I think there’s one more design solution worth mentioning: Fiddly Bits.

    I’d say that one of the common drivers of quarterbacking is the desire of the more familiar / insightful / savvy player to focus on the game. If she has to disengage to wait for another player to take his turn, she is tempted to “offer advice” to speed things up, and there’s a slippery slope from “helpful” to “bossy”. (I’ve been guilty of this myself, especially when a game gets me excited.)

    Tactical depth can help here, by giving the experienced player enough things to think about that there’s something to focus on even when it’s not her turn. (Simultaneous play helps, too, as do very short turns.) The danger is that if there’s too much depth, non-hardcore players will be swamped, so it helps a lot if the depth can be tuned. (Sentinels of the Multiverse is excellent on this front, as it lets each player choose a complexity level for their own deck.)

    But another way a designer can minimize downtime is to include lots of mechanical effects to be handled by “the group”. These fiddly bits act like sponges for the impatience of over-eager players, because it gives them something to DO. The quarterbacks can deal with processing the upkeep phase and the opponent turn and what-not while the other players are looking through their options for the next turn, and then catch up on their own turn options while everyone else is actually playing, and everyone is happy. I’d say that Arkham Horror and Sentinels of the Multiverse both make good use of this solution.

  5. AnonS says:

    This is a good post. I would say I’ve seen it happen in games like Battlestar where the 3 humans know each other and it becomes a team game. A less knowledgeable player will be told what to do and can’t contribute to the brainstorming of strategies. It is normally the players that can think fast are just bouncing ideas off each other and others can’t keep up (like any type of group conversation sometimes).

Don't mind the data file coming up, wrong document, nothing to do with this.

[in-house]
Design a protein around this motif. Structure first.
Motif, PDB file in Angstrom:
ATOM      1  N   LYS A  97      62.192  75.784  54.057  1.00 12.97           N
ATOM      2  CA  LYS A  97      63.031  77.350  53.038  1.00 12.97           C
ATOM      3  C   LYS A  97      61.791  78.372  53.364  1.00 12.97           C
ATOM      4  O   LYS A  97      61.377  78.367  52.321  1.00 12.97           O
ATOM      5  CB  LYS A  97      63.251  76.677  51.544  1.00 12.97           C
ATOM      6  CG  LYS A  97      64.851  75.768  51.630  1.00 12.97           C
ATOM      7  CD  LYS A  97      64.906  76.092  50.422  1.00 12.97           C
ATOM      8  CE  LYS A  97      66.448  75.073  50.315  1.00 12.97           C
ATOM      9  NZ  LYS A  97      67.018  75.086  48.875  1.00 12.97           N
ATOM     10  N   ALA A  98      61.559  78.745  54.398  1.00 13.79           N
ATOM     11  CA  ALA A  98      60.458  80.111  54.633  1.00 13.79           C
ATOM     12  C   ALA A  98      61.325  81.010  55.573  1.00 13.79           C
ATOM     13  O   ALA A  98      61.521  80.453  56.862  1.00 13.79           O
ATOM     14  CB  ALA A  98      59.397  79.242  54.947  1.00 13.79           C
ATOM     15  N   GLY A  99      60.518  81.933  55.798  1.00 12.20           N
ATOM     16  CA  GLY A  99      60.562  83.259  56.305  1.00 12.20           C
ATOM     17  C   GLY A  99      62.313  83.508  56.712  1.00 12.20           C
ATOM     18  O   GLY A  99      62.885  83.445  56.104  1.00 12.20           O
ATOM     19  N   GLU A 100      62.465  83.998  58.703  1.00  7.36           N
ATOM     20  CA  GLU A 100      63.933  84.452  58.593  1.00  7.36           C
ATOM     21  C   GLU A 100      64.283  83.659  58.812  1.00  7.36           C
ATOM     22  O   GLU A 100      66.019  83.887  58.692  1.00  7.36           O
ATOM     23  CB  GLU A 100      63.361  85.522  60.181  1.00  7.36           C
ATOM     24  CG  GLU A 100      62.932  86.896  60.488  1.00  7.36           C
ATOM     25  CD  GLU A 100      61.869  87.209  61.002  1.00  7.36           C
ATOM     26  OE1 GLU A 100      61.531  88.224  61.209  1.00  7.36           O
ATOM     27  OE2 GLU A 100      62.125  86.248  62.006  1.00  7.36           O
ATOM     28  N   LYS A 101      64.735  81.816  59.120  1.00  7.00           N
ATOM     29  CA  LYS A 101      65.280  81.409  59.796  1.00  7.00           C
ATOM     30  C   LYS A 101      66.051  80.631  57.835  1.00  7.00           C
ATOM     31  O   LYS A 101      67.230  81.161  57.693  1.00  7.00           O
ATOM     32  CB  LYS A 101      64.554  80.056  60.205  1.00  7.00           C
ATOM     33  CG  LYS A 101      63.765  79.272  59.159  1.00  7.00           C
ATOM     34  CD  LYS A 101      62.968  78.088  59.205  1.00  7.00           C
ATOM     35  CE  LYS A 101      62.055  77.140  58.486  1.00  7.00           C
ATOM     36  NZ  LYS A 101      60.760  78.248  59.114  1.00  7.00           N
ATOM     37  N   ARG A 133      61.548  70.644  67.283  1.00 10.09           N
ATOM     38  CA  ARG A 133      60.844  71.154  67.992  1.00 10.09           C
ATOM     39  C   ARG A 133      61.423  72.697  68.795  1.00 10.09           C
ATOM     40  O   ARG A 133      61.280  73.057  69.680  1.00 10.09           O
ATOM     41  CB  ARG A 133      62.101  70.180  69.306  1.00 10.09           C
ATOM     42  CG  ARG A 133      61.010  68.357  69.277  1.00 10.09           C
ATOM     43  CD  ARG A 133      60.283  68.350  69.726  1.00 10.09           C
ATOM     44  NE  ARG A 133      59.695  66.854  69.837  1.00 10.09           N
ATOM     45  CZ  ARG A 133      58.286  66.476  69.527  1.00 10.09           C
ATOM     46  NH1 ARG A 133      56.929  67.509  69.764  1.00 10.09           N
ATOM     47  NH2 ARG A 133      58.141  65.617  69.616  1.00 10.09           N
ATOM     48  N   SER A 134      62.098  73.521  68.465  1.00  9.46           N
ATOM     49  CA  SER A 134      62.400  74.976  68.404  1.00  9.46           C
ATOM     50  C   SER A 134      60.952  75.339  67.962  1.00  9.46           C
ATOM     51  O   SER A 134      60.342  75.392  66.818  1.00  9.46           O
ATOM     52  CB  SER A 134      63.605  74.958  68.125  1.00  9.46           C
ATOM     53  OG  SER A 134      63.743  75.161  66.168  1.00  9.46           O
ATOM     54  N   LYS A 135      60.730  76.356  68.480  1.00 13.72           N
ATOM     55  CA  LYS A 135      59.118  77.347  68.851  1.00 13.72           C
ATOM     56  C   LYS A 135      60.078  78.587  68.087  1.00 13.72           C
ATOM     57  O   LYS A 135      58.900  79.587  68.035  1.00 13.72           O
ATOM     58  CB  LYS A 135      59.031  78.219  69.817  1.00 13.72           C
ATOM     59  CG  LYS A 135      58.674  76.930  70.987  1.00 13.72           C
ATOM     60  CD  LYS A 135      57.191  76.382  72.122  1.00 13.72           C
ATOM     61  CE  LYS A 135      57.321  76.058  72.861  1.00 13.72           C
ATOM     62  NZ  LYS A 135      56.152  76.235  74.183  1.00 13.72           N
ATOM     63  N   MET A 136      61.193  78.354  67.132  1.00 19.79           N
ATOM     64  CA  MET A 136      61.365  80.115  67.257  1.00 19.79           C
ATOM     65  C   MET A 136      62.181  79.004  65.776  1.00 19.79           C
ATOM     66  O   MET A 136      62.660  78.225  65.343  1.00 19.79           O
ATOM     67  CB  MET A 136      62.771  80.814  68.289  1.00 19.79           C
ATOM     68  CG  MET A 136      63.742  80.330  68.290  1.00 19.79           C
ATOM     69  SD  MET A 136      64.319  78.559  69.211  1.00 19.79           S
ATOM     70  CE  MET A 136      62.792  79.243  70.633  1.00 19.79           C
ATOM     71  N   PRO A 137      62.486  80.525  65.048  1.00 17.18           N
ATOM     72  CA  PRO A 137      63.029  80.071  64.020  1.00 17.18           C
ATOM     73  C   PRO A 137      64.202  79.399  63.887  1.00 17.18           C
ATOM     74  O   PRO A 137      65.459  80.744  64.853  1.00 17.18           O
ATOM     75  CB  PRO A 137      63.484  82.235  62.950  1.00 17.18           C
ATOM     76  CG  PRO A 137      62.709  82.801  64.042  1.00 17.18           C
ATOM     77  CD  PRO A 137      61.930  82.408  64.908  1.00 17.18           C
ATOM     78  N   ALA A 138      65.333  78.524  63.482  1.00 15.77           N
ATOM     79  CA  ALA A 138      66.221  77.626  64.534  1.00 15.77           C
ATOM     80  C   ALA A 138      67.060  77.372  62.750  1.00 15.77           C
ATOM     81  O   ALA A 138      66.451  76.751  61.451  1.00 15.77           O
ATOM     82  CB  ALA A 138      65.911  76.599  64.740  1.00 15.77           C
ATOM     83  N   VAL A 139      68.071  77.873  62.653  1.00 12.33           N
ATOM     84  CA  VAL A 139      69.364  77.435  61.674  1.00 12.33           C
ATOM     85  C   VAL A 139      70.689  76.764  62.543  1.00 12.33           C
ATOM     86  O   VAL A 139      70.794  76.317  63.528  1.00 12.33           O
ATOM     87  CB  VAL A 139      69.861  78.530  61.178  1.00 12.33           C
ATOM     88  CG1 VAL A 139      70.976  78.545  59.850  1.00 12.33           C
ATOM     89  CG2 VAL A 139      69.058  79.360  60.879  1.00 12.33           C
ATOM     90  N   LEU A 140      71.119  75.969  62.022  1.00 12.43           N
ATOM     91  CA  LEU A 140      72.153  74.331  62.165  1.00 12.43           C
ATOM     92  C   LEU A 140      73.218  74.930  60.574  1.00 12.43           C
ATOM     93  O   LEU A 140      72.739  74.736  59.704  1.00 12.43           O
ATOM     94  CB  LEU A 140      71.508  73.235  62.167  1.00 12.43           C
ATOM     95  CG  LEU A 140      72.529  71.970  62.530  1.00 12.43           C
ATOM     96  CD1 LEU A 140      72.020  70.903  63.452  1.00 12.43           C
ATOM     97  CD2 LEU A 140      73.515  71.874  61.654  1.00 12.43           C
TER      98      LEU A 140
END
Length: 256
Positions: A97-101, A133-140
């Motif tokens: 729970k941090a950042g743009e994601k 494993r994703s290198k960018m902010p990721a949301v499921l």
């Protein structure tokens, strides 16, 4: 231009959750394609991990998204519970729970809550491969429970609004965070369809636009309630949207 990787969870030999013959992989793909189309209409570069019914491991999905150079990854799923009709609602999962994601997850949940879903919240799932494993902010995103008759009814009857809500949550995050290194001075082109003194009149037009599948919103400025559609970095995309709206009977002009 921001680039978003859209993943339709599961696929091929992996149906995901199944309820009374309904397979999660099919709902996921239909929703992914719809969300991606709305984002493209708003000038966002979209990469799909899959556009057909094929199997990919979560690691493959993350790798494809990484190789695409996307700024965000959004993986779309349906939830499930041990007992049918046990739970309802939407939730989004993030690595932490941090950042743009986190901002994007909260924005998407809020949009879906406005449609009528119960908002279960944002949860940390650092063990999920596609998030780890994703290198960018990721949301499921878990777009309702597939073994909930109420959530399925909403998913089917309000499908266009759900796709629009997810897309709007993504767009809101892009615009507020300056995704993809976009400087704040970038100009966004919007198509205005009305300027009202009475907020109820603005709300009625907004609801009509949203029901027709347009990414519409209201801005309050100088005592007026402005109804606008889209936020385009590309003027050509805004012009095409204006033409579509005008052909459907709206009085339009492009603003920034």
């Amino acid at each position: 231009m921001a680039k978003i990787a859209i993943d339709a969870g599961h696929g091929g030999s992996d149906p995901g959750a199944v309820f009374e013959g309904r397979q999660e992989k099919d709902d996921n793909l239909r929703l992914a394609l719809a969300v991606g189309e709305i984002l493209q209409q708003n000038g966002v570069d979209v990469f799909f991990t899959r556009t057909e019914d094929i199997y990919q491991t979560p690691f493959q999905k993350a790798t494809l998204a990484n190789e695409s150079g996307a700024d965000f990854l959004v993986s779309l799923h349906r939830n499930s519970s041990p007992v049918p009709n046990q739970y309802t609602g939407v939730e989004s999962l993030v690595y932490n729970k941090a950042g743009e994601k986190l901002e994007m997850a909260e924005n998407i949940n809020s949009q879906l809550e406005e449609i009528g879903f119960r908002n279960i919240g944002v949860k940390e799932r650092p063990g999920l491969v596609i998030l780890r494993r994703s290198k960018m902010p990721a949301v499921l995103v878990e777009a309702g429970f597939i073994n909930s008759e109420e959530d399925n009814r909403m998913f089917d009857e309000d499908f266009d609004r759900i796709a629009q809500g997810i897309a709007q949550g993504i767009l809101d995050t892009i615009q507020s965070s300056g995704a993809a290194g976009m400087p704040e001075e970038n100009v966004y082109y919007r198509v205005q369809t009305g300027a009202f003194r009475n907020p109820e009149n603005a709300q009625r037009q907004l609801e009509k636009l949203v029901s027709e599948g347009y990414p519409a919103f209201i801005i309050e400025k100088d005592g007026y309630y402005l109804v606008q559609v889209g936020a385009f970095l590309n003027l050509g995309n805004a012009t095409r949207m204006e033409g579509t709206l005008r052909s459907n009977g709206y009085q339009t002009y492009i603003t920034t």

This makes me more interested in real time board games, if a fantasy dungeon crawler could be made in a real time environment.

    I’ve also seen it solved in RPGs like Torchbearer that say in a way “you can’t talk about something in depth without the character volunteering for it”. So if you quarter back for another character you are considered helping and will share in the failure effects if the roll is bad.

  6. Neurocide says:

    Actually best co-op game is Robinson Crusoe. Author of this game, when designed it keeping in mind all problems that co-op games couses, and i think sucessfully avoid a lot of thier issues. Look here:

  7. Meaningful Choices In Board Games: Examples | Golden Game Barn says:

    […] of the problems about co operative games is the quarterback player. This is basically someone who knows the game inside out, tells everyone what to do, and makes the […]

  8. Camelorn says:

    One further solution to list here might be PERSONAL SUB-GOALS as in “Dead of Winter”. It does not fit easily into the other solutions given in the article. It also opens up a new sub problem:
    What should i personally prefer?
    a.) The group wins and i lose
    b.) I lose and the group loses
    That has real impact on the game: Will i sacrifice my win to help the group, or will i try not to fare worse than all others? Or in other words, in the face of not hitting my own objectives, will i play constructively or destructively?

    While Robinson Crusoe is a good game, it does not fully solve the Quarterback problem.
    It uses TACTICAL DEPTH and INCOMPLETE INFORMATION as defined in this article. But while i have just one solo game under my belt, i see myself easily falling into the trap of quarterbacking, when i play this game with a group.
    The complexity of this game might even foster this problem, as it might give an experienced quarterback even more leverage over less experienced players.